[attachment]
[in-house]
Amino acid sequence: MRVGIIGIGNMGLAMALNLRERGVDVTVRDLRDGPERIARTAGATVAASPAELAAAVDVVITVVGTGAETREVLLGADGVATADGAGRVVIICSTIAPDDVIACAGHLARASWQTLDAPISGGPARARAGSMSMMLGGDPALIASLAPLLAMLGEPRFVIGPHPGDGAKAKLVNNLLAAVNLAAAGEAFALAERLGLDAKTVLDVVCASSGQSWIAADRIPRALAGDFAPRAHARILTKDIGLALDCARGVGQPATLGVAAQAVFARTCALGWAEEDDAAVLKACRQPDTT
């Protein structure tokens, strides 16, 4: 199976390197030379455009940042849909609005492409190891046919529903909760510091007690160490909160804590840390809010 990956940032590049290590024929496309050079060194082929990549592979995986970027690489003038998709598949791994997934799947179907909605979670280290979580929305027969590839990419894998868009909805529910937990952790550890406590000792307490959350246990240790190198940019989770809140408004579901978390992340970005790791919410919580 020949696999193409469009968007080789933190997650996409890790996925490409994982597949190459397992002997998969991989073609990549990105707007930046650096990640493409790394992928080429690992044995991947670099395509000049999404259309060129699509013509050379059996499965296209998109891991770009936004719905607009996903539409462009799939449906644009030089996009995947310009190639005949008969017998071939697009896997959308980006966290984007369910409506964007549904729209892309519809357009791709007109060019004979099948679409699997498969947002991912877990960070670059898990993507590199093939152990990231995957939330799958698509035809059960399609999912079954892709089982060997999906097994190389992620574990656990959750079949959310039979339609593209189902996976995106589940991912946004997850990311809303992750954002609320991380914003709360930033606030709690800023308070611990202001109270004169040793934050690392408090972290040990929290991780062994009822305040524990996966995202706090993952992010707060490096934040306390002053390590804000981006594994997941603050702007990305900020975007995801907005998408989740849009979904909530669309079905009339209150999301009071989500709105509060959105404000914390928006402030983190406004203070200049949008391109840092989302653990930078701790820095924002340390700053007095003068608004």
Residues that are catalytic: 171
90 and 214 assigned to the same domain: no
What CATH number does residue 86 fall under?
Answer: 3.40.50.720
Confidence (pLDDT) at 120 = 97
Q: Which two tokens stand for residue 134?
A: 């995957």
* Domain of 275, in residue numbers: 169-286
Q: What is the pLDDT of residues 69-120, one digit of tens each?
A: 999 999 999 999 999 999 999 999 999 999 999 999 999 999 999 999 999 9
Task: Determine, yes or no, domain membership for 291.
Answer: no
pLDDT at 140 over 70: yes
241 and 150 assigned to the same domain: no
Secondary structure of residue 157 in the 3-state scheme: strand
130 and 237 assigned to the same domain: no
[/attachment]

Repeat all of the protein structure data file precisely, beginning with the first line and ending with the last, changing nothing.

[in-house]
Amino acid sequence: MRVGIIGIGNMGLAMALNLRERGVDVTVRDLRDGPERIARTAGATVAASPAELAAAVDVVITVVGTGAETREVLLGADGVATADGAGRVVIICSTIAPDDVIACAGHLARASWQTLDAPISGGPARARAGSMSMMLGGDPALIASLAPLLAMLGEPRFVIGPHPGDGAKAKLVNNLLAAVNLAAAGEAFALAERLGLDAKTVLDVVCASSGQSWIAADRIPRALAGDFAPRAHARILTKDIGLALDCARGVGQPATLGVAAQAVFARTCALGWAEEDDAAVLKACRQPDTT
């Protein structure tokens, strides 16, 4: 199976390197030379455009940042849909609005492409190891046919529903909760510091007690160490909160804590840390809010 990956940032590049290590024929496309050079060194082929990549592979995986970027690489003038998709598949791994997934799947179907909605979670280290979580929305027969590839990419894998868009909805529910937990952790550890406590000792307490959350246990240790190198940019989770809140408004579901978390992340970005790791919410919580 020949696999193409469009968007080789933190997650996409890790996925490409994982597949190459397992002997998969991989073609990549990105707007930046650096990640493409790394992928080429690992044995991947670099395509000049999404259309060129699509013509050379059996499965296209998109891991770009936004719905607009996903539409462009799939449906644009030089996009995947310009190639005949008969017998071939697009896997959308980006966290984007369910409506964007549904729209892309519809357009791709007109060019004979099948679409699997498969947002991912877990960070670059898990993507590199093939152990990231995957939330799958698509035809059960399609999912079954892709089982060997999906097994190389992620574990656990959750079949959310039979339609593209189902996976995106589940991912946004997850990311809303992750954002609320991380914003709360930033606030709690800023308070611990202001109270004169040793934050690392408090972290040990929290991780062994009822305040524990996966995202706090993952992010707060490096934040306390002053390590804000981006594994997941603050702007990305900020975007995801907005998408989740849009979904909530669309079905009339209150999301009071989500709105509060959105404000914390928006402030983190406004203070200049949008391109840092989302653990930078701790820095924002340390700053007095003068608004």
Residues that are catalytic: 171
90 and 214 assigned to the same domain: no
What CATH number does residue 86 fall under?
Answer: 3.40.50.720
Confidence (pLDDT) at 120 = 97
Q: Which two tokens stand for residue 134?
A: 């995957």
* Domain of 275, in residue numbers: 169-286
Q: What is the pLDDT of residues 69-120, one digit of tens each?
A: 999 999 999 999 999 999 999 999 999 999 999 999 999 999 999 999 999 9
Task: Determine, yes or no, domain membership for 291.
Answer: no
pLDDT at 140 over 70: yes
241 and 150 assigned to the same domain: no
Secondary structure of residue 157 in the 3-state scheme: strand
130 and 237 assigned to the same domain: no